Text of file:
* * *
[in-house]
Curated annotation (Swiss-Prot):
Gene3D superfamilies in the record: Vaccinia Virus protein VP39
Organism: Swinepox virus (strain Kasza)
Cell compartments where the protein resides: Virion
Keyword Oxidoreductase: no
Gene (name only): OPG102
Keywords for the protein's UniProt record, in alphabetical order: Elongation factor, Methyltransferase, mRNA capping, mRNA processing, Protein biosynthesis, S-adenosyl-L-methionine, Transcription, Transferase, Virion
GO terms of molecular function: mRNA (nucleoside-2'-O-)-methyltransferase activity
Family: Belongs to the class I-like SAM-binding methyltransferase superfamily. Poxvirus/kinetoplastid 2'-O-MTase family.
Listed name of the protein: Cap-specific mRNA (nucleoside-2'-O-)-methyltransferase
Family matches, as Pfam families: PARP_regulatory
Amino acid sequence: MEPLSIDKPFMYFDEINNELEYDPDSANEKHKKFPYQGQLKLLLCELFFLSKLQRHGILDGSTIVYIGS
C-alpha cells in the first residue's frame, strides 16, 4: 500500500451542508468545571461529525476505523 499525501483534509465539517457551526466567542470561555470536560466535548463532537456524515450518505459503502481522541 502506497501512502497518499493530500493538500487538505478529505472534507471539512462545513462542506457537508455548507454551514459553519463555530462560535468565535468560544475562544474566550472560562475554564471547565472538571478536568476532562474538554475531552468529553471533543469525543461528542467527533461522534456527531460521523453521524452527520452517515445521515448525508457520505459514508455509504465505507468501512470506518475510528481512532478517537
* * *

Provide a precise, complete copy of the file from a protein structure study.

[in-house]
Curated annotation (Swiss-Prot):
Gene3D superfamilies in the record: Vaccinia Virus protein VP39
Organism: Swinepox virus (strain Kasza)
Cell compartments where the protein resides: Virion
Keyword Oxidoreductase: no
Gene (name only): OPG102
Keywords for the protein's UniProt record, in alphabetical order: Elongation factor, Methyltransferase, mRNA capping, mRNA processing, Protein biosynthesis, S-adenosyl-L-methionine, Transcription, Transferase, Virion
GO terms of molecular function: mRNA (nucleoside-2'-O-)-methyltransferase activity
Family: Belongs to the class I-like SAM-binding methyltransferase superfamily. Poxvirus/kinetoplastid 2'-O-MTase family.
Listed name of the protein: Cap-specific mRNA (nucleoside-2'-O-)-methyltransferase
Family matches, as Pfam families: PARP_regulatory
Amino acid sequence: MEPLSIDKPFMYFDEINNELEYDPDSANEKHKKFPYQGQLKLLLCELFFLSKLQRHGILDGSTIVYIGS
C-alpha cells in the first residue's frame, strides 16, 4: 500500500451542508468545571461529525476505523 499525501483534509465539517457551526466567542470561555470536560466535548463532537456524515450518505459503502481522541 502506497501512502497518499493530500493538500487538505478529505472534507471539512462545513462542506457537508455548507454551514459553519463555530462560535468565535468560544475562544474566550472560562475554564471547565472538571478536568476532562474538554475531552468529553471533543469525543461528542467527533461522534456527531460521523453521524452527520452517515445521515448525508457520505459514508455509504465505507468501512470506518475510528481512532478517537